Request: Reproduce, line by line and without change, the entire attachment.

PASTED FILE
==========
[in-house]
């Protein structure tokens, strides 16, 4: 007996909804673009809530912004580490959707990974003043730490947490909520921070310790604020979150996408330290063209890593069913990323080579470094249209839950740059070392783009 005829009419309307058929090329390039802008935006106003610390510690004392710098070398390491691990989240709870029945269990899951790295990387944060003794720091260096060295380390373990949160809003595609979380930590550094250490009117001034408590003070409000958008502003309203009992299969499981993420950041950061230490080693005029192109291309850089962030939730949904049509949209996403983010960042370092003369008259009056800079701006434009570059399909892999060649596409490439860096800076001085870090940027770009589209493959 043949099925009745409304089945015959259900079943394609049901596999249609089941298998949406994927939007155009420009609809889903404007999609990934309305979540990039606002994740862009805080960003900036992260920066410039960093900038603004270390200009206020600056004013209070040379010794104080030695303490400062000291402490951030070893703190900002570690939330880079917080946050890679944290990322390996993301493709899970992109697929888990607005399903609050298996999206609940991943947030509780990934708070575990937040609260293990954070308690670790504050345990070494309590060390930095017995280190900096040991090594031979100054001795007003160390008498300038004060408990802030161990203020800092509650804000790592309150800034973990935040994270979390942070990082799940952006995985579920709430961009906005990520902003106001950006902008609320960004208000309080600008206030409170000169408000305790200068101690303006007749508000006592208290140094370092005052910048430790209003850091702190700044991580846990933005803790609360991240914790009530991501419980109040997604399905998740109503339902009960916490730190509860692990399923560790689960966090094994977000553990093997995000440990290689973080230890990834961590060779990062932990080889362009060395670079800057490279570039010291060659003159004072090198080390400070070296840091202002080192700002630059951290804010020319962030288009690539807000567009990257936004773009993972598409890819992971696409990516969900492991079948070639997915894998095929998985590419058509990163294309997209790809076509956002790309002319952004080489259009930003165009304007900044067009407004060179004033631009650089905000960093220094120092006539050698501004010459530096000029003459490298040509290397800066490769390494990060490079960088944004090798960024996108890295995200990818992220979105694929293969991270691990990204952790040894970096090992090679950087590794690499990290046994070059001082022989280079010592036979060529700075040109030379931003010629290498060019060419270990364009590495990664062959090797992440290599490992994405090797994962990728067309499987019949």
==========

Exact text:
[in-house]
């Protein structure tokens, strides 16, 4: 007996909804673009809530912004580490959707990974003043730490947490909520921070310790604020979150996408330290063209890593069913990323080579470094249209839950740059070392783009 005829009419309307058929090329390039802008935006106003610390510690004392710098070398390491691990989240709870029945269990899951790295990387944060003794720091260096060295380390373990949160809003595609979380930590550094250490009117001034408590003070409000958008502003309203009992299969499981993420950041950061230490080693005029192109291309850089962030939730949904049509949209996403983010960042370092003369008259009056800079701006434009570059399909892999060649596409490439860096800076001085870090940027770009589209493959 043949099925009745409304089945015959259900079943394609049901596999249609089941298998949406994927939007155009420009609809889903404007999609990934309305979540990039606002994740862009805080960003900036992260920066410039960093900038603004270390200009206020600056004013209070040379010794104080030695303490400062000291402490951030070893703190900002570690939330880079917080946050890679944290990322390996993301493709899970992109697929888990607005399903609050298996999206609940991943947030509780990934708070575990937040609260293990954070308690670790504050345990070494309590060390930095017995280190900096040991090594031979100054001795007003160390008498300038004060408990802030161990203020800092509650804000790592309150800034973990935040994270979390942070990082799940952006995985579920709430961009906005990520902003106001950006902008609320960004208000309080600008206030409170000169408000305790200068101690303006007749508000006592208290140094370092005052910048430790209003850091702190700044991580846990933005803790609360991240914790009530991501419980109040997604399905998740109503339902009960916490730190509860692990399923560790689960966090094994977000553990093997995000440990290689973080230890990834961590060779990062932990080889362009060395670079800057490279570039010291060659003159004072090198080390400070070296840091202002080192700002630059951290804010020319962030288009690539807000567009990257936004773009993972598409890819992971696409990516969900492991079948070639997915894998095929998985590419058509990163294309997209790809076509956002790309002319952004080489259009930003165009304007900044067009407004060179004033631009650089905000960093220094120092006539050698501004010459530096000029003459490298040509290397800066490769390494990060490079960088944004090798960024996108890295995200990818992220979105694929293969991270691990990204952790040894970096090992090679950087590794690499990290046994070059001082022989280079010592036979060529700075040109030379931003010629290498060019060419270990364009590495990664062959090797992440290599490992994405090797994962990728067309499987019949």